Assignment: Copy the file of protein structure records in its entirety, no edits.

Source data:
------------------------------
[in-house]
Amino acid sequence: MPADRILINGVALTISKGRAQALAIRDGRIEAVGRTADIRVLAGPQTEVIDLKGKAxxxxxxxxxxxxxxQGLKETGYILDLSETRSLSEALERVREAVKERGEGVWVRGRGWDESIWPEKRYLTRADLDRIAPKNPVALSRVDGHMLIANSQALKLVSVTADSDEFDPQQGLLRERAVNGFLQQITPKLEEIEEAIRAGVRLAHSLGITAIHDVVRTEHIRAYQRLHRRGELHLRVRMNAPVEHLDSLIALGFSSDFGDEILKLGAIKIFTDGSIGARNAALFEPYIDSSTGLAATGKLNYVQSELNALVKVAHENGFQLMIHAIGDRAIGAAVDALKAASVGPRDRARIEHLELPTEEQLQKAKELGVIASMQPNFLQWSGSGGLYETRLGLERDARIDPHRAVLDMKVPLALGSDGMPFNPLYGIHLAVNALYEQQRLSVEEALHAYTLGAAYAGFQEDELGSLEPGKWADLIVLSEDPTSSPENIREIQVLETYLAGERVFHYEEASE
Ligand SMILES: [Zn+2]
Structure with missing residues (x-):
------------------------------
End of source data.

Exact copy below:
[in-house]
Amino acid sequence: MPADRILINGVALTISKGRAQALAIRDGRIEAVGRTADIRVLAGPQTEVIDLKGKAxxxxxxxxxxxxxxQGLKETGYILDLSETRSLSEALERVREAVKERGEGVWVRGRGWDESIWPEKRYLTRADLDRIAPKNPVALSRVDGHMLIANSQALKLVSVTADSDEFDPQQGLLRERAVNGFLQQITPKLEEIEEAIRAGVRLAHSLGITAIHDVVRTEHIRAYQRLHRRGELHLRVRMNAPVEHLDSLIALGFSSDFGDEILKLGAIKIFTDGSIGARNAALFEPYIDSSTGLAATGKLNYVQSELNALVKVAHENGFQLMIHAIGDRAIGAAVDALKAASVGPRDRARIEHLELPTEEQLQKAKELGVIASMQPNFLQWSGSGGLYETRLGLERDARIDPHRAVLDMKVPLALGSDGMPFNPLYGIHLAVNALYEQQRLSVEEALHAYTLGAAYAGFQEDELGSLEPGKWADLIVLSEDPTSSPENIREIQVLETYLAGERVFHYEEASE
Ligand SMILES: [Zn+2]
Structure with missing residues (x-):